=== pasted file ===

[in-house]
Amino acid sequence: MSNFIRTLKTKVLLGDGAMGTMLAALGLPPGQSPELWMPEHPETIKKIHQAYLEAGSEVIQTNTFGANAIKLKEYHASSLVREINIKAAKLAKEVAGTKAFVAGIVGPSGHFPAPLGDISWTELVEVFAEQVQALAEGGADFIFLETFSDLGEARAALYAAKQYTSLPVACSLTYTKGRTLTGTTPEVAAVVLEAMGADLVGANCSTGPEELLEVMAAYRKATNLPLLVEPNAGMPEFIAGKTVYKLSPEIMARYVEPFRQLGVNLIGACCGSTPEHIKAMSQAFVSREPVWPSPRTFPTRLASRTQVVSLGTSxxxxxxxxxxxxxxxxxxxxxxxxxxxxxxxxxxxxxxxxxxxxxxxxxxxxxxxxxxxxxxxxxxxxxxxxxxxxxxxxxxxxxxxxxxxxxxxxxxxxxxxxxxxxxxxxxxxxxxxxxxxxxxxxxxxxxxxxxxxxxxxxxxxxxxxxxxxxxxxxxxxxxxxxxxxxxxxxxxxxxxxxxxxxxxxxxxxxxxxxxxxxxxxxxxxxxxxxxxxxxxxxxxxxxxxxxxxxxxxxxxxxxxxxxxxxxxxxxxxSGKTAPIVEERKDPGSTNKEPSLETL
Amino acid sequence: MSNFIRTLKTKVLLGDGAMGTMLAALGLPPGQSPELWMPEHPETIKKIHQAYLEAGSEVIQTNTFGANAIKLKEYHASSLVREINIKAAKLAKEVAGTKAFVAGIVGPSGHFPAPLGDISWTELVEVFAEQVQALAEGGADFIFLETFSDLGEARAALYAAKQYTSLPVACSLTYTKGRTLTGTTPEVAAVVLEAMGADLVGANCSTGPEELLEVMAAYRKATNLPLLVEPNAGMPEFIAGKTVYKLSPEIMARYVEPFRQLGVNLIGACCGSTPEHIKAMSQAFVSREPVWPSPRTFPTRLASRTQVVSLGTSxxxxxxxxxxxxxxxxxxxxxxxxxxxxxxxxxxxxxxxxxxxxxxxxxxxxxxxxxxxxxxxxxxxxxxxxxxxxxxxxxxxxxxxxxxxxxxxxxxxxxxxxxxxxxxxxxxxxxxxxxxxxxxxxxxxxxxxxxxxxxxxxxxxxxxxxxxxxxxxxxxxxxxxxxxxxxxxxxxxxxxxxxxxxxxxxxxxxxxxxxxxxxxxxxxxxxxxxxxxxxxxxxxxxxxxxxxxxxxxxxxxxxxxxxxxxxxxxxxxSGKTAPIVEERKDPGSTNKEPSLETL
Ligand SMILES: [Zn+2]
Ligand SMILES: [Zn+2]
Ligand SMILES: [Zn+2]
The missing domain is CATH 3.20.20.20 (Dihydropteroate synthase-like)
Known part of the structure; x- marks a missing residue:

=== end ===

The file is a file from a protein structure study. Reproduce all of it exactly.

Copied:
[in-house]
Amino acid sequence: MSNFIRTLKTKVLLGDGAMGTMLAALGLPPGQSPELWMPEHPETIKKIHQAYLEAGSEVIQTNTFGANAIKLKEYHASSLVREINIKAAKLAKEVAGTKAFVAGIVGPSGHFPAPLGDISWTELVEVFAEQVQALAEGGADFIFLETFSDLGEARAALYAAKQYTSLPVACSLTYTKGRTLTGTTPEVAAVVLEAMGADLVGANCSTGPEELLEVMAAYRKATNLPLLVEPNAGMPEFIAGKTVYKLSPEIMARYVEPFRQLGVNLIGACCGSTPEHIKAMSQAFVSREPVWPSPRTFPTRLASRTQVVSLGTSxxxxxxxxxxxxxxxxxxxxxxxxxxxxxxxxxxxxxxxxxxxxxxxxxxxxxxxxxxxxxxxxxxxxxxxxxxxxxxxxxxxxxxxxxxxxxxxxxxxxxxxxxxxxxxxxxxxxxxxxxxxxxxxxxxxxxxxxxxxxxxxxxxxxxxxxxxxxxxxxxxxxxxxxxxxxxxxxxxxxxxxxxxxxxxxxxxxxxxxxxxxxxxxxxxxxxxxxxxxxxxxxxxxxxxxxxxxxxxxxxxxxxxxxxxxxxxxxxxxSGKTAPIVEERKDPGSTNKEPSLETL
Amino acid sequence: MSNFIRTLKTKVLLGDGAMGTMLAALGLPPGQSPELWMPEHPETIKKIHQAYLEAGSEVIQTNTFGANAIKLKEYHASSLVREINIKAAKLAKEVAGTKAFVAGIVGPSGHFPAPLGDISWTELVEVFAEQVQALAEGGADFIFLETFSDLGEARAALYAAKQYTSLPVACSLTYTKGRTLTGTTPEVAAVVLEAMGADLVGANCSTGPEELLEVMAAYRKATNLPLLVEPNAGMPEFIAGKTVYKLSPEIMARYVEPFRQLGVNLIGACCGSTPEHIKAMSQAFVSREPVWPSPRTFPTRLASRTQVVSLGTSxxxxxxxxxxxxxxxxxxxxxxxxxxxxxxxxxxxxxxxxxxxxxxxxxxxxxxxxxxxxxxxxxxxxxxxxxxxxxxxxxxxxxxxxxxxxxxxxxxxxxxxxxxxxxxxxxxxxxxxxxxxxxxxxxxxxxxxxxxxxxxxxxxxxxxxxxxxxxxxxxxxxxxxxxxxxxxxxxxxxxxxxxxxxxxxxxxxxxxxxxxxxxxxxxxxxxxxxxxxxxxxxxxxxxxxxxxxxxxxxxxxxxxxxxxxxxxxxxxxSGKTAPIVEERKDPGSTNKEPSLETL
Ligand SMILES: [Zn+2]
Ligand SMILES: [Zn+2]
Ligand SMILES: [Zn+2]
The missing domain is CATH 3.20.20.20 (Dihydropteroate synthase-like)
Known part of the structure; x- marks a missing residue: